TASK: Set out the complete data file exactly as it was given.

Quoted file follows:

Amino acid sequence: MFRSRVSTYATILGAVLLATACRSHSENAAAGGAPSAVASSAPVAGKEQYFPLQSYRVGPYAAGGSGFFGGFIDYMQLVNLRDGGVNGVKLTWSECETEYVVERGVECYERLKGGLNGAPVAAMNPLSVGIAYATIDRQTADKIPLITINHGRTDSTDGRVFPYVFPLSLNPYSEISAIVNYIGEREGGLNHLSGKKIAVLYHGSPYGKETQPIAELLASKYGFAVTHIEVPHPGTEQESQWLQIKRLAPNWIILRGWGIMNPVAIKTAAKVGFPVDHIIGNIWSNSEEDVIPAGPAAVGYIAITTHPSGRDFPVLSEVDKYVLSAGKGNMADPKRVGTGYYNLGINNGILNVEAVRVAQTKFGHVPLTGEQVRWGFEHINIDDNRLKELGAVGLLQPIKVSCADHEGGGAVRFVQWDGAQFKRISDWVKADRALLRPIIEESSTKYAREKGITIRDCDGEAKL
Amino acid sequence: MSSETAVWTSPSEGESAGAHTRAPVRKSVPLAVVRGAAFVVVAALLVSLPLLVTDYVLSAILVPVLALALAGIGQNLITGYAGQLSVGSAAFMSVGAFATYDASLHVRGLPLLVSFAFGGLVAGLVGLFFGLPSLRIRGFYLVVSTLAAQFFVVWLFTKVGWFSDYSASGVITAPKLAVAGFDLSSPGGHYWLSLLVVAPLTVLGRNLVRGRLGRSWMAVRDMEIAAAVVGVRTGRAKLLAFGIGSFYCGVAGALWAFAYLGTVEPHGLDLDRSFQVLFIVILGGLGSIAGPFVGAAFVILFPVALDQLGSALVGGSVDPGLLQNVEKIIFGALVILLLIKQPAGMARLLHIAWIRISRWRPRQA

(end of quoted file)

Amino acid sequence: MFRSRVSTYATILGAVLLATACRSHSENAAAGGAPSAVASSAPVAGKEQYFPLQSYRVGPYAAGGSGFFGGFIDYMQLVNLRDGGVNGVKLTWSECETEYVVERGVECYERLKGGLNGAPVAAMNPLSVGIAYATIDRQTADKIPLITINHGRTDSTDGRVFPYVFPLSLNPYSEISAIVNYIGEREGGLNHLSGKKIAVLYHGSPYGKETQPIAELLASKYGFAVTHIEVPHPGTEQESQWLQIKRLAPNWIILRGWGIMNPVAIKTAAKVGFPVDHIIGNIWSNSEEDVIPAGPAAVGYIAITTHPSGRDFPVLSEVDKYVLSAGKGNMADPKRVGTGYYNLGINNGILNVEAVRVAQTKFGHVPLTGEQVRWGFEHINIDDNRLKELGAVGLLQPIKVSCADHEGGGAVRFVQWDGAQFKRISDWVKADRALLRPIIEESSTKYAREKGITIRDCDGEAKL
Amino acid sequence: MSSETAVWTSPSEGESAGAHTRAPVRKSVPLAVVRGAAFVVVAALLVSLPLLVTDYVLSAILVPVLALALAGIGQNLITGYAGQLSVGSAAFMSVGAFATYDASLHVRGLPLLVSFAFGGLVAGLVGLFFGLPSLRIRGFYLVVSTLAAQFFVVWLFTKVGWFSDYSASGVITAPKLAVAGFDLSSPGGHYWLSLLVVAPLTVLGRNLVRGRLGRSWMAVRDMEIAAAVVGVRTGRAKLLAFGIGSFYCGVAGALWAFAYLGTVEPHGLDLDRSFQVLFIVILGGLGSIAGPFVGAAFVILFPVALDQLGSALVGGSVDPGLLQNVEKIIFGALVILLLIKQPAGMARLLHIAWIRISRWRPRQA